Of course, the upper right quadrant of highly effective controls for high risk items make sense to fund, but the harder choices lie in quadrants 2 & 3. Would you rather really make a dent in solving a relatively lower risk problem or partially solve a higher risk item? Bryan's guidance was to incentivize high effectiveness (quadrant 3) over lower effectiveness (quadrant 2). This is a bold move, because it may be seen as ignoring higher risk items, however in the long run it may drive organizations to work towards higher effectiveness.
One area that organizations struggle with is - how to get started in application security? There are a lot of types of controls to consider like static analysis tools, sdlc, threat modeling, strong authentication, federated identity and so on. I have seen several enterprises conduct tradeoff analysis on Web App Firewalls (WAF) which offer some protection web applications from SQL injection and the like and XML Security Gateways (XSG) which protect XML messages and Web Services. So I used Bryan Ware's quadrant to analyze where it would make sense to focus efforts if an organization could choose only one. This is at the 20,000 foot level and both risk and effectiveness are subjective, so YTMMV (Your Threat Model May Vary).
If we assume that risk is higher in the apps that WAFs generally protect, Internet facing portals, than in what XSGs generally protect, say B2B apps on VPNs. Then the WAF goes in the higher risk quadrant than the XSG.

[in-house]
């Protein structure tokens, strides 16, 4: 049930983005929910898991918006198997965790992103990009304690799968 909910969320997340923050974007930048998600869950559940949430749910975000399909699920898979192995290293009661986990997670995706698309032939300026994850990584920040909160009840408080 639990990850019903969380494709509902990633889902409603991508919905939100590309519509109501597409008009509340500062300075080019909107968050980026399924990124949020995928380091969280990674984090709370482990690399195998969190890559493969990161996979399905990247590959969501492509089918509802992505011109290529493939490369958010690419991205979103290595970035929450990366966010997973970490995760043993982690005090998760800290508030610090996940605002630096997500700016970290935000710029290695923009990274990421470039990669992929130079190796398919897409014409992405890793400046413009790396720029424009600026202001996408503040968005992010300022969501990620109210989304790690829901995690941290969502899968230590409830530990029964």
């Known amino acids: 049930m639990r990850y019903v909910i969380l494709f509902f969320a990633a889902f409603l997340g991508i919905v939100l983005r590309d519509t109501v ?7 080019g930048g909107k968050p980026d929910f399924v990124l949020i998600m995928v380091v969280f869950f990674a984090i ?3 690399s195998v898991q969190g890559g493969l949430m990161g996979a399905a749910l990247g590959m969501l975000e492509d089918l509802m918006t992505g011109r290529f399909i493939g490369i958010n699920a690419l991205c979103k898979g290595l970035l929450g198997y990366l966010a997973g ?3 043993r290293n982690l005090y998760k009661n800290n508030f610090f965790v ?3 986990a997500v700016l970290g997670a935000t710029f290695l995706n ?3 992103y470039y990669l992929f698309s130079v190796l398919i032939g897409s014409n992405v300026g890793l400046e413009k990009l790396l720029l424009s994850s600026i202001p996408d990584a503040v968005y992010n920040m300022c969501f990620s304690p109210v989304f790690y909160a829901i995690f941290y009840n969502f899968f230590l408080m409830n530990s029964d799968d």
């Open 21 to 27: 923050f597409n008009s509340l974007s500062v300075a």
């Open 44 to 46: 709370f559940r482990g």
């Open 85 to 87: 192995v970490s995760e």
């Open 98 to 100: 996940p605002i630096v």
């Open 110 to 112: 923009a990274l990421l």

If we further assume that WAFs use a lot of educated guesswork due to performance constraints of signature and anomaly detection on unstructured data in web apps speed then their relative effectiveness is downgraded versus XSGs that may operate on asychronous systems on structured data, and, of course, XSGs can leverage interoperable security standards like WS-Security whereas WAFs rely on patter recognition. Then the relative effectiveness may prove higher for XSGs, again YTMMV. Assuming the above, the decision looks this way.
Depending architecture, threat model and other factors a XML Security Gateway may be a logical choice if you have to choose since it may prove to have higher effectiveness than a WAF. Of course, these need to be mapped to your particular organization, and there are a lot of other controls to consider besides these two, but in my view this model works really well as a decision support tool for hard security architecture choices.